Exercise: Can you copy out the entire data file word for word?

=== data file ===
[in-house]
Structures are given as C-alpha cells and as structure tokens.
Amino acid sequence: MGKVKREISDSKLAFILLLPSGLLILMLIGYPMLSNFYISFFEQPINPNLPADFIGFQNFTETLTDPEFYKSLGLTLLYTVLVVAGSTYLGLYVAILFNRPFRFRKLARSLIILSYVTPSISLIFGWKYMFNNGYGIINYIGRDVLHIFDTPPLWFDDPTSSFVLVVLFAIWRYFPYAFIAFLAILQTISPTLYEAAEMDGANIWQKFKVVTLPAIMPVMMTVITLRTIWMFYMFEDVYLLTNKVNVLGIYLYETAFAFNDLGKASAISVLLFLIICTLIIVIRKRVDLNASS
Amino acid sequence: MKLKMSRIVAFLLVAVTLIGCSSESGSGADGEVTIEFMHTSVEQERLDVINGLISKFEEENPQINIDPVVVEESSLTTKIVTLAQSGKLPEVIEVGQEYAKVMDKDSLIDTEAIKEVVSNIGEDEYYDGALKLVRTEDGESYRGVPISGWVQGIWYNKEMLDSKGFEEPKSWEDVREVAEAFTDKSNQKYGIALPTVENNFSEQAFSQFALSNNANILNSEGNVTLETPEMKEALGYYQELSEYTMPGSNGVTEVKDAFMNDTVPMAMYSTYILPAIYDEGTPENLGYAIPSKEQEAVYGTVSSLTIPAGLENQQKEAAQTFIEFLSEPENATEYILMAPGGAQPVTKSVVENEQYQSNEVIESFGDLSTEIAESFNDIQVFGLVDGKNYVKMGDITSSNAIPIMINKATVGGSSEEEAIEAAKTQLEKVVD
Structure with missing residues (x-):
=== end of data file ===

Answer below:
[in-house]
Structures are given as C-alpha cells and as structure tokens.
Amino acid sequence: MGKVKREISDSKLAFILLLPSGLLILMLIGYPMLSNFYISFFEQPINPNLPADFIGFQNFTETLTDPEFYKSLGLTLLYTVLVVAGSTYLGLYVAILFNRPFRFRKLARSLIILSYVTPSISLIFGWKYMFNNGYGIINYIGRDVLHIFDTPPLWFDDPTSSFVLVVLFAIWRYFPYAFIAFLAILQTISPTLYEAAEMDGANIWQKFKVVTLPAIMPVMMTVITLRTIWMFYMFEDVYLLTNKVNVLGIYLYETAFAFNDLGKASAISVLLFLIICTLIIVIRKRVDLNASS
Amino acid sequence: MKLKMSRIVAFLLVAVTLIGCSSESGSGADGEVTIEFMHTSVEQERLDVINGLISKFEEENPQINIDPVVVEESSLTTKIVTLAQSGKLPEVIEVGQEYAKVMDKDSLIDTEAIKEVVSNIGEDEYYDGALKLVRTEDGESYRGVPISGWVQGIWYNKEMLDSKGFEEPKSWEDVREVAEAFTDKSNQKYGIALPTVENNFSEQAFSQFALSNNANILNSEGNVTLETPEMKEALGYYQELSEYTMPGSNGVTEVKDAFMNDTVPMAMYSTYILPAIYDEGTPENLGYAIPSKEQEAVYGTVSSLTIPAGLENQQKEAAQTFIEFLSEPENATEYILMAPGGAQPVTKSVVENEQYQSNEVIESFGDLSTEIAESFNDIQVFGLVDGKNYVKMGDITSSNAIPIMINKATVGGSSEEEAIEAAKTQLEKVVD
Structure with missing residues (x-):